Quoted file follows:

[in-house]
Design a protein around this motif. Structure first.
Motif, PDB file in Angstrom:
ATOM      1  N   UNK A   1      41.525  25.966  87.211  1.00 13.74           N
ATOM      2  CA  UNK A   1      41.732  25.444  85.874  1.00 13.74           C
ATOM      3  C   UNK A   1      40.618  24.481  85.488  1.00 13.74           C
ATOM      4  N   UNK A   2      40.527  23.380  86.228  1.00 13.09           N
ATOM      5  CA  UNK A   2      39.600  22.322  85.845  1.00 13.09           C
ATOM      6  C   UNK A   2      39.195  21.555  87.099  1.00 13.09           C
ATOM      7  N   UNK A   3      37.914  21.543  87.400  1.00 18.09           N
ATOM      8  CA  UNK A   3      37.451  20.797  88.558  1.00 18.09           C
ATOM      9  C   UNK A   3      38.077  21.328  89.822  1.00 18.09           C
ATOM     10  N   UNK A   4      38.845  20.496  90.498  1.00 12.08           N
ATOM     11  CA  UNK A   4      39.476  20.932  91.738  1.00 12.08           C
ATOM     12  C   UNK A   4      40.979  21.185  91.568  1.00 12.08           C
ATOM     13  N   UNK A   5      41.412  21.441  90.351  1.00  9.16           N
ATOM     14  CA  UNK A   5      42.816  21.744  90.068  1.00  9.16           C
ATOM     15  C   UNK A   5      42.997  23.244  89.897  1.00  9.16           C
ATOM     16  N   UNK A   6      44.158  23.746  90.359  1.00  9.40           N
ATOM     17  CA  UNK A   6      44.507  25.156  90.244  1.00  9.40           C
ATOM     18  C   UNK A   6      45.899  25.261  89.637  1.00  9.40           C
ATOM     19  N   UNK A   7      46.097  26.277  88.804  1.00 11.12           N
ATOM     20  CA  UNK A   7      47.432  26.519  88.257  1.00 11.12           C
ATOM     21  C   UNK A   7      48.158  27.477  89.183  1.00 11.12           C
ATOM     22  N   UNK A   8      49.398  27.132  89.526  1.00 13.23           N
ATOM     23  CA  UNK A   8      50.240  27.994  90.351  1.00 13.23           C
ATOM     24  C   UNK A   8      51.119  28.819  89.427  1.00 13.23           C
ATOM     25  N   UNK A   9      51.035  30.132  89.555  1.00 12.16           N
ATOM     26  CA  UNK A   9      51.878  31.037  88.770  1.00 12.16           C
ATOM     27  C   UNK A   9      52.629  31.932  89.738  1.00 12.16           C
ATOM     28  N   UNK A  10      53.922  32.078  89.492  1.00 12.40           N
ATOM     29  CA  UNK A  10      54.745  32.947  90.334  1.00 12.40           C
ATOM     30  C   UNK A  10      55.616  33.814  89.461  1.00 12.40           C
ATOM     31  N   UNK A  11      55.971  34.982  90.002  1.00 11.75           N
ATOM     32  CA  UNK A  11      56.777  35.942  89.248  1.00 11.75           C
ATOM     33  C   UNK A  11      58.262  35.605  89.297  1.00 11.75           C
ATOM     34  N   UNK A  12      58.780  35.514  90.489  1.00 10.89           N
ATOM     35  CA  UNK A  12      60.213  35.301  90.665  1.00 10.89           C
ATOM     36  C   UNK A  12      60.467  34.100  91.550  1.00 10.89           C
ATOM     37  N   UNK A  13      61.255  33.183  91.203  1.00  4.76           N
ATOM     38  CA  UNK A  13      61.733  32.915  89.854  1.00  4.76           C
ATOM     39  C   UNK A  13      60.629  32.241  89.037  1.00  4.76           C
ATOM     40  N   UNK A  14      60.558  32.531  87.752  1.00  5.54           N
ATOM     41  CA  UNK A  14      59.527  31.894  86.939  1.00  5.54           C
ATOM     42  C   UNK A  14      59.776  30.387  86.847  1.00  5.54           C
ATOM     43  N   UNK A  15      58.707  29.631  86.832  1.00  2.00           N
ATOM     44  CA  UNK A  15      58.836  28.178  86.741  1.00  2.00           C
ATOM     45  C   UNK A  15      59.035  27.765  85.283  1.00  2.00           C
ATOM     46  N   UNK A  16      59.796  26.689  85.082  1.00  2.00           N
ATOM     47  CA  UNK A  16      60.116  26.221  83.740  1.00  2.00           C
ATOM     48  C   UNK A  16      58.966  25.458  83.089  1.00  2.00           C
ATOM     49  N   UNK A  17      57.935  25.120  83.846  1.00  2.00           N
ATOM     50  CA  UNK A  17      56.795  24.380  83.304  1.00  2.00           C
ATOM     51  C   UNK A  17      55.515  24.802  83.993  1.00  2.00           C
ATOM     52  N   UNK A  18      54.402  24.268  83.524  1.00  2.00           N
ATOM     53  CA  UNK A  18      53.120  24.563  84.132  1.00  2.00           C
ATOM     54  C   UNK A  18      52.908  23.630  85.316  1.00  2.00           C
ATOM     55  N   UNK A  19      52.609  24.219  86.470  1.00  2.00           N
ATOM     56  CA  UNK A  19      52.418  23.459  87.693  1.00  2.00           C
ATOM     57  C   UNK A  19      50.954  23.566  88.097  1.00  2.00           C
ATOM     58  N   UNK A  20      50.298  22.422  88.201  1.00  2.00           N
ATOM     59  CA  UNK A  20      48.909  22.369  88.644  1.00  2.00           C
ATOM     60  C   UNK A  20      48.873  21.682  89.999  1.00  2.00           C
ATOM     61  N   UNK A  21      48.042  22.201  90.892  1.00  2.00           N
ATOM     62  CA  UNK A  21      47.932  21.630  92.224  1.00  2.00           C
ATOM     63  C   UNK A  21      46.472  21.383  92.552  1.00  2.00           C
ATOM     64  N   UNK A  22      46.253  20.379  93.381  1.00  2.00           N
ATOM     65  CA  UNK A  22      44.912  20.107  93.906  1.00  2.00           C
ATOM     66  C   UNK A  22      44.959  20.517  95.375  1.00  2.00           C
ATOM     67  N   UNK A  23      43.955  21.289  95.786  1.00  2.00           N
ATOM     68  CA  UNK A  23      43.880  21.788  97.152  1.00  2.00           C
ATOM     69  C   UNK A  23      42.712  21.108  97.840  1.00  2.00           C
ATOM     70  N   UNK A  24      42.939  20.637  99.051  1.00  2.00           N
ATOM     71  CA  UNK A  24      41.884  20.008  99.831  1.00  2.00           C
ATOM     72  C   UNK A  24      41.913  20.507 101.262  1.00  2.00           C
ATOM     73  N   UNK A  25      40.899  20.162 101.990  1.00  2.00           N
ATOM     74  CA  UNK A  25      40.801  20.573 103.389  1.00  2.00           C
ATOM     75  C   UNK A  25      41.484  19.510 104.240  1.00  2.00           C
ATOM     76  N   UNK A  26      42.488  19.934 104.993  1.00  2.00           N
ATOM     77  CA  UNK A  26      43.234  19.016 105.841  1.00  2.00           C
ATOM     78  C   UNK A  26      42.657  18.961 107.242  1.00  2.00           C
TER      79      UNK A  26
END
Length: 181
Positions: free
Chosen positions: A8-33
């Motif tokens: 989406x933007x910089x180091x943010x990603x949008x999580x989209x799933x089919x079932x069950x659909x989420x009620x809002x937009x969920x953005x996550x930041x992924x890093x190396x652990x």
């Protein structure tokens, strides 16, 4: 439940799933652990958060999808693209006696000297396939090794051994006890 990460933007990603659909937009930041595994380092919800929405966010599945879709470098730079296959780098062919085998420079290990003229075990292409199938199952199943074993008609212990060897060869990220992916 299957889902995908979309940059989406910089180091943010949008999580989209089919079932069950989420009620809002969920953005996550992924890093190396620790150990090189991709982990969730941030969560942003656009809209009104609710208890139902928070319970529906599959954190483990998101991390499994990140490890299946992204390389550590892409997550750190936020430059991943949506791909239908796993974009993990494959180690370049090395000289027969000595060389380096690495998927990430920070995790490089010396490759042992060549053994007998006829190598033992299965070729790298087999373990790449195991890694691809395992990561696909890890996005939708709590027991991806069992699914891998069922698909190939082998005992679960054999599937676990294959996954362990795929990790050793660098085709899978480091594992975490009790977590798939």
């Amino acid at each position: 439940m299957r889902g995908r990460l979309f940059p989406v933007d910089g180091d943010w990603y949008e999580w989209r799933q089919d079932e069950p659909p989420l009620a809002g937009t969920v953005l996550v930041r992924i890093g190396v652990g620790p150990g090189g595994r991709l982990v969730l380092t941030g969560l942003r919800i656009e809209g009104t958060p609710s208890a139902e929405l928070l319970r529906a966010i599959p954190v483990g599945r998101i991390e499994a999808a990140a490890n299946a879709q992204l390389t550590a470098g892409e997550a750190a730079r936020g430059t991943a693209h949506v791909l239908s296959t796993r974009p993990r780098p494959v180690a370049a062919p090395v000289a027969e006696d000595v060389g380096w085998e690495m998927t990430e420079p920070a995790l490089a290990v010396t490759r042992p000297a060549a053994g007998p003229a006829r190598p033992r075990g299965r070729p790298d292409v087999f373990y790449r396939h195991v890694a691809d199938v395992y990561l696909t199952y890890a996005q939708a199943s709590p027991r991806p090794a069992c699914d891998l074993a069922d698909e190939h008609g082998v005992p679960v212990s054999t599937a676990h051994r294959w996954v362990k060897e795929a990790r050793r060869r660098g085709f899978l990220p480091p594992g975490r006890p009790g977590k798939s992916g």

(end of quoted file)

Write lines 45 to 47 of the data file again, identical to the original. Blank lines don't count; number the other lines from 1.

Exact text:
ATOM     42  C   UNK A  14      59.776  30.387  86.847  1.00  5.54           C
ATOM     43  N   UNK A  15      58.707  29.631  86.832  1.00  2.00           N
ATOM     44  CA  UNK A  15      58.836  28.178  86.741  1.00  2.00           C